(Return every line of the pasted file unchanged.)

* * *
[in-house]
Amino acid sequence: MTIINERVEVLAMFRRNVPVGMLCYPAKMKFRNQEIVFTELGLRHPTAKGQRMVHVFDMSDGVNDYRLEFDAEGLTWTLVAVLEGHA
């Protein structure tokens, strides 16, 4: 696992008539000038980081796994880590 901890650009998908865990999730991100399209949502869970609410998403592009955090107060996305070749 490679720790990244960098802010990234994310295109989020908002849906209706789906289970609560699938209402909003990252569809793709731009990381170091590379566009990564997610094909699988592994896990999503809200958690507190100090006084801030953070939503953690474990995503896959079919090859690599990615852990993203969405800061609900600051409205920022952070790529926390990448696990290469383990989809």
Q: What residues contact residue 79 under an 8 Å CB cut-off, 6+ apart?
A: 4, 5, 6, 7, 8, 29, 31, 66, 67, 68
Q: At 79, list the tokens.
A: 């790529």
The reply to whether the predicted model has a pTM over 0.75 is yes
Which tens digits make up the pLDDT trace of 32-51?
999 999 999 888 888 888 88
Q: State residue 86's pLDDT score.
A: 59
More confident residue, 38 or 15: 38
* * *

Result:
[in-house]
Amino acid sequence: MTIINERVEVLAMFRRNVPVGMLCYPAKMKFRNQEIVFTELGLRHPTAKGQRMVHVFDMSDGVNDYRLEFDAEGLTWTLVAVLEGHA
């Protein structure tokens, strides 16, 4: 696992008539000038980081796994880590 901890650009998908865990999730991100399209949502869970609410998403592009955090107060996305070749 490679720790990244960098802010990234994310295109989020908002849906209706789906289970609560699938209402909003990252569809793709731009990381170091590379566009990564997610094909699988592994896990999503809200958690507190100090006084801030953070939503953690474990995503896959079919090859690599990615852990993203969405800061609900600051409205920022952070790529926390990448696990290469383990989809």
Q: What residues contact residue 79 under an 8 Å CB cut-off, 6+ apart?
A: 4, 5, 6, 7, 8, 29, 31, 66, 67, 68
Q: At 79, list the tokens.
A: 């790529």
The reply to whether the predicted model has a pTM over 0.75 is yes
Which tens digits make up the pLDDT trace of 32-51?
999 999 999 888 888 888 88
Q: State residue 86's pLDDT score.
A: 59
More confident residue, 38 or 15: 38